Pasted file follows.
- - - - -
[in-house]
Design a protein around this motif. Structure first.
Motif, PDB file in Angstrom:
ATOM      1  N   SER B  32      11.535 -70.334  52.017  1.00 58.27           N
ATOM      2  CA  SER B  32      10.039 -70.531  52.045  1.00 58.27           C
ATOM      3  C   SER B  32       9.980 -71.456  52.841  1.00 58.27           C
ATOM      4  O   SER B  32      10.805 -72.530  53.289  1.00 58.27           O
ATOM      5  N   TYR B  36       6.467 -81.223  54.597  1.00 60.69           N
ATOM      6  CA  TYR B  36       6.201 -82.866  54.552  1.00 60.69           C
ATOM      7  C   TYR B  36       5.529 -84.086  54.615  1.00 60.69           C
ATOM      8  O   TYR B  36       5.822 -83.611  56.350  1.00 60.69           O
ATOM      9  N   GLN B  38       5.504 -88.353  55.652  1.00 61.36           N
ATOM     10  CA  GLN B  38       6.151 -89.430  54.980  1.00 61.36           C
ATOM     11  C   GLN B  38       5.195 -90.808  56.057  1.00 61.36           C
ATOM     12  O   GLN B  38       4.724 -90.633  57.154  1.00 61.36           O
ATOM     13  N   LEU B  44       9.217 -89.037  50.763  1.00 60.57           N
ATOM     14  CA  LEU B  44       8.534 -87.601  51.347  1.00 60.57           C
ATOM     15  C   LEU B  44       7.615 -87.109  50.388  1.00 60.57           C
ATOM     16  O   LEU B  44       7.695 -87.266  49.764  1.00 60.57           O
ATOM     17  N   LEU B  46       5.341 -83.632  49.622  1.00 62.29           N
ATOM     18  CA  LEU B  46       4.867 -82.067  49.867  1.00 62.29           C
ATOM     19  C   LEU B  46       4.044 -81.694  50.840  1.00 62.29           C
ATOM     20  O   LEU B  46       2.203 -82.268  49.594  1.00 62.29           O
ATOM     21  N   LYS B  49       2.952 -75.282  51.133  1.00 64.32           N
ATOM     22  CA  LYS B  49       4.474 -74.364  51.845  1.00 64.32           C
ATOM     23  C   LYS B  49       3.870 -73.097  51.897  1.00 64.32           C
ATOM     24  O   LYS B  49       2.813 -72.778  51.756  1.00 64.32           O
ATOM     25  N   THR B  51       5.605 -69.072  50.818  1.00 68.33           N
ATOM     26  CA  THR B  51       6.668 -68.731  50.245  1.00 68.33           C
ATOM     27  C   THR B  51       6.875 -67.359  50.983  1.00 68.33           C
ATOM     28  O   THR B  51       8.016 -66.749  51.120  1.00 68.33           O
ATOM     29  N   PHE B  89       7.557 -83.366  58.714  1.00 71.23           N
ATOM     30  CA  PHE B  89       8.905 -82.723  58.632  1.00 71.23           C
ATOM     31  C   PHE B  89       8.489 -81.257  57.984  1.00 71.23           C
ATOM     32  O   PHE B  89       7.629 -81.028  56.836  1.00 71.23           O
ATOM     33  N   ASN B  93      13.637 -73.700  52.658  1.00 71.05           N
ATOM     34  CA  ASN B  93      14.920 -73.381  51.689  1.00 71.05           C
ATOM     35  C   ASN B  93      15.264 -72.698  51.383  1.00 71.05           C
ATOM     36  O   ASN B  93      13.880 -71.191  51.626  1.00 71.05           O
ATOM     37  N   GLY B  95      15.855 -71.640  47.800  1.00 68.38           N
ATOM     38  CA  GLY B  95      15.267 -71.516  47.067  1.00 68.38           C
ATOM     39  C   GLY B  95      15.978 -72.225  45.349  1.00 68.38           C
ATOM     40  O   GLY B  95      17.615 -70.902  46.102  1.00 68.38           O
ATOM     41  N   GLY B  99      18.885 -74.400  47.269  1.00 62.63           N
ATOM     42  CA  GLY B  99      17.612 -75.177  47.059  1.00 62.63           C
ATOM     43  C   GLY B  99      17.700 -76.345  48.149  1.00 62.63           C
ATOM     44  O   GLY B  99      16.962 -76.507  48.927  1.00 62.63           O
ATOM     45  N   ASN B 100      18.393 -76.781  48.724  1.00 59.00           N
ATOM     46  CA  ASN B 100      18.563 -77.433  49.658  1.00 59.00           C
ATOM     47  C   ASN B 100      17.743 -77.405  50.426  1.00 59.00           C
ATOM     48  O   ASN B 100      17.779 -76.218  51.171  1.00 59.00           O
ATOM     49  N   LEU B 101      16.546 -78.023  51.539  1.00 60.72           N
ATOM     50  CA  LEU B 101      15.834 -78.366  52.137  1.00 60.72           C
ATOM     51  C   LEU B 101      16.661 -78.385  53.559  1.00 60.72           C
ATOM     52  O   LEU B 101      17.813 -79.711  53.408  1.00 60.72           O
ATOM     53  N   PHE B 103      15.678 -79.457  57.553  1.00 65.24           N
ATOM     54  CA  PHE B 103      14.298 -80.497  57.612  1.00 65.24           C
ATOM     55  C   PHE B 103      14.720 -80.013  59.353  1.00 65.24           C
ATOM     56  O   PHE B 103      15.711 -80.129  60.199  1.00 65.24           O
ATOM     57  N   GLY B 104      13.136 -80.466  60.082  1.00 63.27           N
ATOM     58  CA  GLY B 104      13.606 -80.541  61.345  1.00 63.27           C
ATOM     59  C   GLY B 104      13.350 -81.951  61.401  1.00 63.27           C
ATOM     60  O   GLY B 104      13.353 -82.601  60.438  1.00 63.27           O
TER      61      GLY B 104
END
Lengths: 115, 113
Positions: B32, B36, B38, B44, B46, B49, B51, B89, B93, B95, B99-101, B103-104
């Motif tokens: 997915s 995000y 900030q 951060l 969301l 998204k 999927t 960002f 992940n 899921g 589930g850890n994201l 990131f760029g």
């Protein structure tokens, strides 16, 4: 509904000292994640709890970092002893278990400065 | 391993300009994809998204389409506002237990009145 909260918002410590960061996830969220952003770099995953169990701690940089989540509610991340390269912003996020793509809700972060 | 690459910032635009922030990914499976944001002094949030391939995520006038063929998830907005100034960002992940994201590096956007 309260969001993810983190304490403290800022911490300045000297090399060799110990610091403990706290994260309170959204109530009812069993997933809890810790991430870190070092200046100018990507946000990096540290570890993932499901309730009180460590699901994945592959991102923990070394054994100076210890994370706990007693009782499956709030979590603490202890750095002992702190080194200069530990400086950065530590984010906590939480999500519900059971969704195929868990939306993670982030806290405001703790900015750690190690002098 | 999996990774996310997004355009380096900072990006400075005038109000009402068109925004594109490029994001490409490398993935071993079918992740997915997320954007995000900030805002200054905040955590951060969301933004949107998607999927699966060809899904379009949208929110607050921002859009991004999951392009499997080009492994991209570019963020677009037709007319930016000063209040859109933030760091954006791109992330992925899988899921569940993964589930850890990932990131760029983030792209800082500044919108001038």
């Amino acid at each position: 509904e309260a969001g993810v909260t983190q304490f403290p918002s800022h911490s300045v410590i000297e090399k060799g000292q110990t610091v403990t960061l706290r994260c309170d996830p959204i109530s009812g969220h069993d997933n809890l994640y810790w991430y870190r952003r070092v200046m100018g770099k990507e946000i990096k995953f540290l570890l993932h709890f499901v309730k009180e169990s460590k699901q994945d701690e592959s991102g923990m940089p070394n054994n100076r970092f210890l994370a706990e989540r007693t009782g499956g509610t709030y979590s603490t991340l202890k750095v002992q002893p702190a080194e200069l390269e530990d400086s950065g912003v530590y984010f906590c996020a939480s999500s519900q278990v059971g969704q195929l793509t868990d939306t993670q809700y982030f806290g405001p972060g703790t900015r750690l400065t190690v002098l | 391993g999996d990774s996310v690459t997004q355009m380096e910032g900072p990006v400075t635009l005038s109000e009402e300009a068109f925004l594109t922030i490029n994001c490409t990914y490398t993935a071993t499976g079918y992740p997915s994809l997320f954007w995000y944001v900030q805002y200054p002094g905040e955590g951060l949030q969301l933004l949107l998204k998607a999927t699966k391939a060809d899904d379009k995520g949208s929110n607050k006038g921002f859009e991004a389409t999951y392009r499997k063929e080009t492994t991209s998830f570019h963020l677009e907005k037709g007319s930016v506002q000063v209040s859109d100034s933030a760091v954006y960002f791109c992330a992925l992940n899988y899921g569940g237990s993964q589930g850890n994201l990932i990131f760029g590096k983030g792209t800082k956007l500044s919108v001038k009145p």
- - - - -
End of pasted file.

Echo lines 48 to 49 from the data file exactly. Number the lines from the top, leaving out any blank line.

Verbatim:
ATOM     45  N   ASN B 100      18.393 -76.781  48.724  1.00 59.00           N
ATOM     46  CA  ASN B 100      18.563 -77.433  49.658  1.00 59.00           C